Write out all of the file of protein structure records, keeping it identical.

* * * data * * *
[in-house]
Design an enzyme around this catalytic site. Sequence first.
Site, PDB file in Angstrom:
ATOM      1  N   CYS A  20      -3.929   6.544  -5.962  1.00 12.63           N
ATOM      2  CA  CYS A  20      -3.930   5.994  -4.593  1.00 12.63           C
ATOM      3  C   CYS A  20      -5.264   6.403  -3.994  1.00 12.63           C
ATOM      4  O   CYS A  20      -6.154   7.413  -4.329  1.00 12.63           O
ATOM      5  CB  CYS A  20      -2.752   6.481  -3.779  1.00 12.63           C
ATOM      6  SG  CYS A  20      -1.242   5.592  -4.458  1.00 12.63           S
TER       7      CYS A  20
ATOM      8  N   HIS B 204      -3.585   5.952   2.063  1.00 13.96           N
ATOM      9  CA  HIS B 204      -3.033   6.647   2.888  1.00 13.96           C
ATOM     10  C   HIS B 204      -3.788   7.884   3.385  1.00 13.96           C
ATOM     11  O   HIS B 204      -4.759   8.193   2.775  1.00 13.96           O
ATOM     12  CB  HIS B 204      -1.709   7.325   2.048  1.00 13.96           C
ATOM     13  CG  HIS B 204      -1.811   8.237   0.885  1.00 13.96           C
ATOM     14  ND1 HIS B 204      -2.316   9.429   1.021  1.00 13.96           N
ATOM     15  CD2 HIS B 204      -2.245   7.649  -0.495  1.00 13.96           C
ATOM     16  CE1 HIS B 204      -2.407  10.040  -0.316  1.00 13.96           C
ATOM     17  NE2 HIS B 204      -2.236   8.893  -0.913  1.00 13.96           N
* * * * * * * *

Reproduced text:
[in-house]
Design an enzyme around this catalytic site. Sequence first.
Site, PDB file in Angstrom:
ATOM      1  N   CYS A  20      -3.929   6.544  -5.962  1.00 12.63           N
ATOM      2  CA  CYS A  20      -3.930   5.994  -4.593  1.00 12.63           C
ATOM      3  C   CYS A  20      -5.264   6.403  -3.994  1.00 12.63           C
ATOM      4  O   CYS A  20      -6.154   7.413  -4.329  1.00 12.63           O
ATOM      5  CB  CYS A  20      -2.752   6.481  -3.779  1.00 12.63           C
ATOM      6  SG  CYS A  20      -1.242   5.592  -4.458  1.00 12.63           S
TER       7      CYS A  20
ATOM      8  N   HIS B 204      -3.585   5.952   2.063  1.00 13.96           N
ATOM      9  CA  HIS B 204      -3.033   6.647   2.888  1.00 13.96           C
ATOM     10  C   HIS B 204      -3.788   7.884   3.385  1.00 13.96           C
ATOM     11  O   HIS B 204      -4.759   8.193   2.775  1.00 13.96           O
ATOM     12  CB  HIS B 204      -1.709   7.325   2.048  1.00 13.96           C
ATOM     13  CG  HIS B 204      -1.811   8.237   0.885  1.00 13.96           C
ATOM     14  ND1 HIS B 204      -2.316   9.429   1.021  1.00 13.96           N
ATOM     15  CD2 HIS B 204      -2.245   7.649  -0.495  1.00 13.96           C
ATOM     16  CE1 HIS B 204      -2.407  10.040  -0.316  1.00 13.96           C
ATOM     17  NE2 HIS B 204      -2.236   8.893  -0.913  1.00 13.96           N